The Pitch: Here’s the problem with reviewing The Matrix Resurrections: At this point, we basically have to accept that the franchise peaked with the first installment. This isn’t meant as an insult, but an honest statement of fact– this is what happens when a film is a masterpiece. If 1999’s The Matrix is a nearly perfect movie, almost transcendent at some points with how it blended genre and technology in service of its storytelling, then yeah, it may be impossible to top it.
What makes Resurrections such a fascinating viewing experience, though, is the fact that the movie knows this. And, rather than try to shift the narrative to some different angle on the original, director Lana Wachowski, who co-wrote the script with David Mitchell and Aleksandar Hemon, decides to take on that problem directly. The result is a movie that is in direct conversation with itself and what came before (an ongoing theme lately), and while the routes it takes to get there are sledgehammer blunt at times, the points it raises are wild.
Also, in a time of uncertainty and fear, Keanu Reeves still knows kung fu. And we are blessed for that.
Right Back to Where We Started From: A good piece of advice, going into Resurrections, is to rewatch not just the first film, but the second and the third. This is because the fourth movie does continue the story of the trilogy, though it takes a little while to get to the point where it’s clear what’s happening.
While it’s no longer possible to deliver that same stunned amazement at the twists from the original — specifically the central conceit, that “reality” as we know is a simulation keeping all us happy energy-producing batteries entertained while in the real world, a scorched Earth is dominated by AI-driven machines — Resurrections keeps its cards close to its chest initially, before once again returning us to the fight for not just humanity’s freedom, but its soul.
Things begin with a direct homage to the original film that also introduces us to two new characters: a blue-haired hacker named Bugs (Jessica Henwick) and a mysterious man who claims for himself the mantle of Morpheus (Yahya Abdul-Mateen II). And then, we get to catch up with Neo (Reeves), or as his friends now call him, Thomas Anderson.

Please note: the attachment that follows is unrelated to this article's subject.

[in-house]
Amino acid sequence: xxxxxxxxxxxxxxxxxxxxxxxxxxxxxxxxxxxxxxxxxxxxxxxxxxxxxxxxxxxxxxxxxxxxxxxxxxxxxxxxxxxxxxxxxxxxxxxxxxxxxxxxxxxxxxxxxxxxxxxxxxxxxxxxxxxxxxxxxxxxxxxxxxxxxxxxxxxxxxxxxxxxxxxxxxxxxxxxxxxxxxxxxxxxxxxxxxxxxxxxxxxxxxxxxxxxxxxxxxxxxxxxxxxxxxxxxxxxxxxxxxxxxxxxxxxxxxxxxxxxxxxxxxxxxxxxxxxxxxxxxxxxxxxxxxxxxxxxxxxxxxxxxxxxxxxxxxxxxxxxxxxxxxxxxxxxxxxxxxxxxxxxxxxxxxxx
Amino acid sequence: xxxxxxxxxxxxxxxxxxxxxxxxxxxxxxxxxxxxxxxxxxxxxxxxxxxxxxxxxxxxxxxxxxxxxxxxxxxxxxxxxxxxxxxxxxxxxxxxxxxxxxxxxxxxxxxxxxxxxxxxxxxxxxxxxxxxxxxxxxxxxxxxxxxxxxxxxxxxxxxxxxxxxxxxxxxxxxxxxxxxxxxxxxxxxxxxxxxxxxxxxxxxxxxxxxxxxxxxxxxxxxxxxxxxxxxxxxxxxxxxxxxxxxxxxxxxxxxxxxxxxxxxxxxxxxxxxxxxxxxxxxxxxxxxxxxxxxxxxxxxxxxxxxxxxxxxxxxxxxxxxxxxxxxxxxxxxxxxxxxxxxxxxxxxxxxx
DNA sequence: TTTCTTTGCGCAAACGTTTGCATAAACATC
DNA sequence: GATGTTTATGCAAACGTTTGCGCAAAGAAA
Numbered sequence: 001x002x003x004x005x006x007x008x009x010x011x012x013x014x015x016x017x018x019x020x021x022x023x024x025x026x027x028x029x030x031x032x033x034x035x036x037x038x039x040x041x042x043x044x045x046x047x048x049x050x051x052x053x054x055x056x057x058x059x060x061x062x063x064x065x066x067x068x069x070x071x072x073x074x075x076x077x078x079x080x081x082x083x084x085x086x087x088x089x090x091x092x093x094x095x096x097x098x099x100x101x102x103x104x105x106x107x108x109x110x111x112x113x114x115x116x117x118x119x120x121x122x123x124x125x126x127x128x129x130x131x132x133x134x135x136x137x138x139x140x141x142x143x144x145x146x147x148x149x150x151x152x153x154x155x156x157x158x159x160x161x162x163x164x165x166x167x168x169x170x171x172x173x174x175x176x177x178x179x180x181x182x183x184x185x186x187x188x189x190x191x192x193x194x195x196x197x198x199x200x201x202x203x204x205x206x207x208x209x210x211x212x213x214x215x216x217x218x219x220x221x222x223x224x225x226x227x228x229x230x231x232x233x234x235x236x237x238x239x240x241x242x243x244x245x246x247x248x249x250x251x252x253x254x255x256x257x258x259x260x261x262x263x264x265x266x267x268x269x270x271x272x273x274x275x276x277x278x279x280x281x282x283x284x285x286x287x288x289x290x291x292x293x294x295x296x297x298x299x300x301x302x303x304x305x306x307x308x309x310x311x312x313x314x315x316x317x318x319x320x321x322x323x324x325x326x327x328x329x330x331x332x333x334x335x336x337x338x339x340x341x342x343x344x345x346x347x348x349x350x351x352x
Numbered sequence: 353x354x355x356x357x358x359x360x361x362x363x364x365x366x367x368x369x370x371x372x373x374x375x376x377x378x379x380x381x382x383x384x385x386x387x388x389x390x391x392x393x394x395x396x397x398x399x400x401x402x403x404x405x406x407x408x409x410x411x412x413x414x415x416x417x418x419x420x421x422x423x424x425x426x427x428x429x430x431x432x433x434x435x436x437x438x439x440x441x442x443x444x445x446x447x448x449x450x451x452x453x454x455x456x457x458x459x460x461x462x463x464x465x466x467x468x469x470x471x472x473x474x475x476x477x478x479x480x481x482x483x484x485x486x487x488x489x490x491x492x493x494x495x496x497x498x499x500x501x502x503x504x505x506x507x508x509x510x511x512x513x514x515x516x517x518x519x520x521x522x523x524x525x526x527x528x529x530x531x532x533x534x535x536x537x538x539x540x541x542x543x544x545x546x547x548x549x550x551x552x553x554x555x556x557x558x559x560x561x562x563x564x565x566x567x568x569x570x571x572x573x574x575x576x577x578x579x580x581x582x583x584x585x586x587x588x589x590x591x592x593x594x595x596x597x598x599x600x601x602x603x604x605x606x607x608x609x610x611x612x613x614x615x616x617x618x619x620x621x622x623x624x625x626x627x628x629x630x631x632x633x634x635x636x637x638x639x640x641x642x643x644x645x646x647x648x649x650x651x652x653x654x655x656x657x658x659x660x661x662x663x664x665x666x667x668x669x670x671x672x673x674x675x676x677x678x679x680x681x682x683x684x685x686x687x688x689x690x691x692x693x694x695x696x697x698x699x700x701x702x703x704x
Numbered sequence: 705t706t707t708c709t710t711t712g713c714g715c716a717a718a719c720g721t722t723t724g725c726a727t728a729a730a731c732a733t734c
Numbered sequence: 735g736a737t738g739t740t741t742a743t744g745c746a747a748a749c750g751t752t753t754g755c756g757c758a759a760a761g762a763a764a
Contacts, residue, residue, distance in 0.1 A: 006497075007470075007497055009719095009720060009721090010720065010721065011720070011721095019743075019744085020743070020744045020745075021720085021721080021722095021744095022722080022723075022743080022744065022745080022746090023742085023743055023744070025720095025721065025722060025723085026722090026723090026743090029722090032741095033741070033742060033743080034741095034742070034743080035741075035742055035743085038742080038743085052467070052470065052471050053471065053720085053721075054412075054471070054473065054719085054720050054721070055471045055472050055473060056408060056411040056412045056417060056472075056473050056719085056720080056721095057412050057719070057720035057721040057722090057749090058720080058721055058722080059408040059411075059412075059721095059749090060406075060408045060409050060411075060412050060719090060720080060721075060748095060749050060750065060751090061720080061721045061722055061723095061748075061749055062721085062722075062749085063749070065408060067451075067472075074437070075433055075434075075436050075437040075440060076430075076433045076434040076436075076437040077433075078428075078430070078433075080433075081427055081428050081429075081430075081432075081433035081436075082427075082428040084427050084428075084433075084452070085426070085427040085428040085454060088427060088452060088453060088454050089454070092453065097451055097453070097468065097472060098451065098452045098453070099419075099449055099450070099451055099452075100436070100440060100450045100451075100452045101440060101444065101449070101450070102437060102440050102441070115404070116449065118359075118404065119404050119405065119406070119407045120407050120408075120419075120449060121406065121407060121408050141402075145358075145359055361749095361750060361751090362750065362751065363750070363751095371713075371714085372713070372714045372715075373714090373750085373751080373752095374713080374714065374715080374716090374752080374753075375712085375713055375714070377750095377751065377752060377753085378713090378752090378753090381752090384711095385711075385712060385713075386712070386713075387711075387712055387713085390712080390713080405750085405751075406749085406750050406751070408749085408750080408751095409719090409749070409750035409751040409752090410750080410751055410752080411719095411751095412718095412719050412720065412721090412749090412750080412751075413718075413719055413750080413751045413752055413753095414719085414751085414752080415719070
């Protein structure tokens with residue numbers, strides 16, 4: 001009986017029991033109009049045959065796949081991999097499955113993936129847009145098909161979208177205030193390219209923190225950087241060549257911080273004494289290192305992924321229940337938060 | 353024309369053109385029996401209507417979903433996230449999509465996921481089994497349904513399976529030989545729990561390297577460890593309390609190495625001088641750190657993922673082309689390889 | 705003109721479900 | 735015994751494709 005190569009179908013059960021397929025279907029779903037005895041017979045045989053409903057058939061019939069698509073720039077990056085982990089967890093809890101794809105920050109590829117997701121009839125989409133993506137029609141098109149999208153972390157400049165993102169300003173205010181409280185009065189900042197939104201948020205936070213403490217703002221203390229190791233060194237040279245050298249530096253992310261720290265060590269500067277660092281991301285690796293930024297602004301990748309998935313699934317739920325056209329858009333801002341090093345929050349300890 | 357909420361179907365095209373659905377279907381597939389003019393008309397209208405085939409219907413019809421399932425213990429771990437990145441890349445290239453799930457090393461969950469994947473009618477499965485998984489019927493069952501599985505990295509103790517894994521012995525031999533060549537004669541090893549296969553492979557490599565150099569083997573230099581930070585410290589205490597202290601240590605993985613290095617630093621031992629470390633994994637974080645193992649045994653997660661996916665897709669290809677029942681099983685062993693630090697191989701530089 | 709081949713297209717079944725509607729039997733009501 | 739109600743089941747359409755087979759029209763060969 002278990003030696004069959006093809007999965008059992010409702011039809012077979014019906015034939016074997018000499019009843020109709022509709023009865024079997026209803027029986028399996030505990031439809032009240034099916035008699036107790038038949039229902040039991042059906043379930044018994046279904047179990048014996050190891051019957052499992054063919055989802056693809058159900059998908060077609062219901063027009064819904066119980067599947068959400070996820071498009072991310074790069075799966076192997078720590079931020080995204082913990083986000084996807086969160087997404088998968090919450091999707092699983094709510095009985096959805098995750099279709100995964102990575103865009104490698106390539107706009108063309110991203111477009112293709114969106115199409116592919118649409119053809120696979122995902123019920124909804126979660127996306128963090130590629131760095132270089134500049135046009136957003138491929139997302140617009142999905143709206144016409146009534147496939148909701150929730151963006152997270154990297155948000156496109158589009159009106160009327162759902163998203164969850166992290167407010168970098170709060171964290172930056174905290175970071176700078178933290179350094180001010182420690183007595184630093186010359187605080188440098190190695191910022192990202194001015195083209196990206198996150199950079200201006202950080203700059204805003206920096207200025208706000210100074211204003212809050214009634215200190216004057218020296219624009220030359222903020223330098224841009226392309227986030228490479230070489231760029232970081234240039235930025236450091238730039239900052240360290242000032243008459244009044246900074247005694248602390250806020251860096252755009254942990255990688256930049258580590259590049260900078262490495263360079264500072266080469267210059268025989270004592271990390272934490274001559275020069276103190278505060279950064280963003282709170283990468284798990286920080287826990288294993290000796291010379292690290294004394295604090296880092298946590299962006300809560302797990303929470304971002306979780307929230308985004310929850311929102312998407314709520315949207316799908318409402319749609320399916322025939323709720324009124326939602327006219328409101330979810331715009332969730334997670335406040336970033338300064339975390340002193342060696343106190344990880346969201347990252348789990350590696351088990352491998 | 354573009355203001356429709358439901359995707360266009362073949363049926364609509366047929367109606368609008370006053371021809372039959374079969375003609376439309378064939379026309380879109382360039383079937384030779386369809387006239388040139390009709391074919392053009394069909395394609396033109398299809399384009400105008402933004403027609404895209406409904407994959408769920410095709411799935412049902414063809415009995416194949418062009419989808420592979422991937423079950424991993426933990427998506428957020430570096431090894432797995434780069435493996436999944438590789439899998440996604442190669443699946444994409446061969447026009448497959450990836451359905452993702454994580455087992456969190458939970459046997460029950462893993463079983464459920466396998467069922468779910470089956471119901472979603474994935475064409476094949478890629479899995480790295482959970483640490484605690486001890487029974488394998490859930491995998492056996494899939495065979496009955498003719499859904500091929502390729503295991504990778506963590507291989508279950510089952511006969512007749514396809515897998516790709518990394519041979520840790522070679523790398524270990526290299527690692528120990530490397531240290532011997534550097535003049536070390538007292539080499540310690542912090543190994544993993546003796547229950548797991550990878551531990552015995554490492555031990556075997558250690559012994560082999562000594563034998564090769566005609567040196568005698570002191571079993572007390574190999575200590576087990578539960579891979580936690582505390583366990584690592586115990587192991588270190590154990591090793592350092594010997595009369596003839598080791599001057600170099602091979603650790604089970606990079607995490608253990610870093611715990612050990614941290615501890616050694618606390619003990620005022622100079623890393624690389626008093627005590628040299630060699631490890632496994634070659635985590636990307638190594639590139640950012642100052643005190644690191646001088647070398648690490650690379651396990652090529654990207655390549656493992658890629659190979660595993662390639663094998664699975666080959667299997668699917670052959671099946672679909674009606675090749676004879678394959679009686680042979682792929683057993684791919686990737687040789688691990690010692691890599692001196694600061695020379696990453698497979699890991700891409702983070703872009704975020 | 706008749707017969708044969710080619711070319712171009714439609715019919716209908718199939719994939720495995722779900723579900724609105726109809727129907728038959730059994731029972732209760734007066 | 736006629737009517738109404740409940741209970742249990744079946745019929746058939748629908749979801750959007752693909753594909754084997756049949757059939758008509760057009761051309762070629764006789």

Blue Pill-ed: Much like at the beginning of the first Matrix, “Tom” is living a lonely and joyless existence, stuck in a cycle of work, gym, sleep, and medication, with occasional interruptions by his business partner (Jonathan Groff) and therapist (Neil Patrick Harris). What’s “Tom”‘s job? No spoilers, but it’s meta as hell. And that may be exactly what Wachowski is going for (while also having some fun with the circumstances which led her to make this film in the first place). As a new approach to making the viewer question the reality of what they’re seeing, adding such a meta touch is maybe or maybe not effective. It’s certainly the moment when some people are going to check out.
But it does offer up yet another opportunity for the film to grapple with the weight of what came before. As any good therapist will tell you, you can’t embrace the future without coming to terms with your past. Resurrections is very, very conscious of this even as the plot progresses forward, because once again, Neo needs his mind to be freed, and fortunately Morpheus and Bugs (who literally has a white rabbit tattoo) are there to help him find the rabbit hole.
I’m Not Letting Go: In this film, Neo doesn’t need an entire movie to know that what he’s really looking for is a person: the one and only Trinity (Carrie-Anne Moss). For as consumed as this franchise can get with its own mythology, it has been and always will be a love story, and functions best when approached on that level.
The plot of Resurrections is bigger than simply reuniting these two star-crossed souls, but in setting up Neo’s initial status quo and driving motivation, it leans heavily into that connection. Which is perhaps why the moments where this film does become truly transcendent are when Moss and Reeves share the screen; their chemistry has only gotten richer and deeper over the years, and Moss gets far more material to tear into than she did in the sequel films.
A New Player Has Entered the Game: Meanwhile, given the advertising leading up to the film, it might be a surprise to learn just how deep and exciting the supporting cast is — Abdul-Mateen proves once again why he’s becoming one of the most exciting young actors to watch these days, bringing his own spin to the concept of Morpheus as a character while wearing the most beautiful suits of the year. (Suck it, House of Gucci.)
Henwick is also a captivating entry point for the audience, saddled with no small amount of exposition but delivering both it as well as some intense action sequences with ease. Also, for those who watched Sense8, co-created by the Wachowskis, you’ll be delighted to spot a number of the Sensates pop up in small supporting roles here. Unfortunately, these characters get only just enough screen time to serve as an intriguing tease for future adventures — should Wachowski and/or Warner Bros. choose to continue their stories.
Lots of Guns: Even if you weren’t on board for the first film’s Baudrillard references, there was plenty of action to keep plugged-in minds engaged. But with Resurrections, the action might be the biggest disappointment delivered, at least in comparison to the other three films.
While there are a number of exciting set pieces, there’s not quite anything as iconic as the first film’s elevator lobby shootout, or Reloaded‘s epic-length freeway chase. Oh, there’s still action — including, yes, Neo doing kung fu — and with the exception of one mid-film fight scene that leans a little too much on shaky-cam, it’s well-crafted and exciting. These scenes just suffer in comparison to what came before.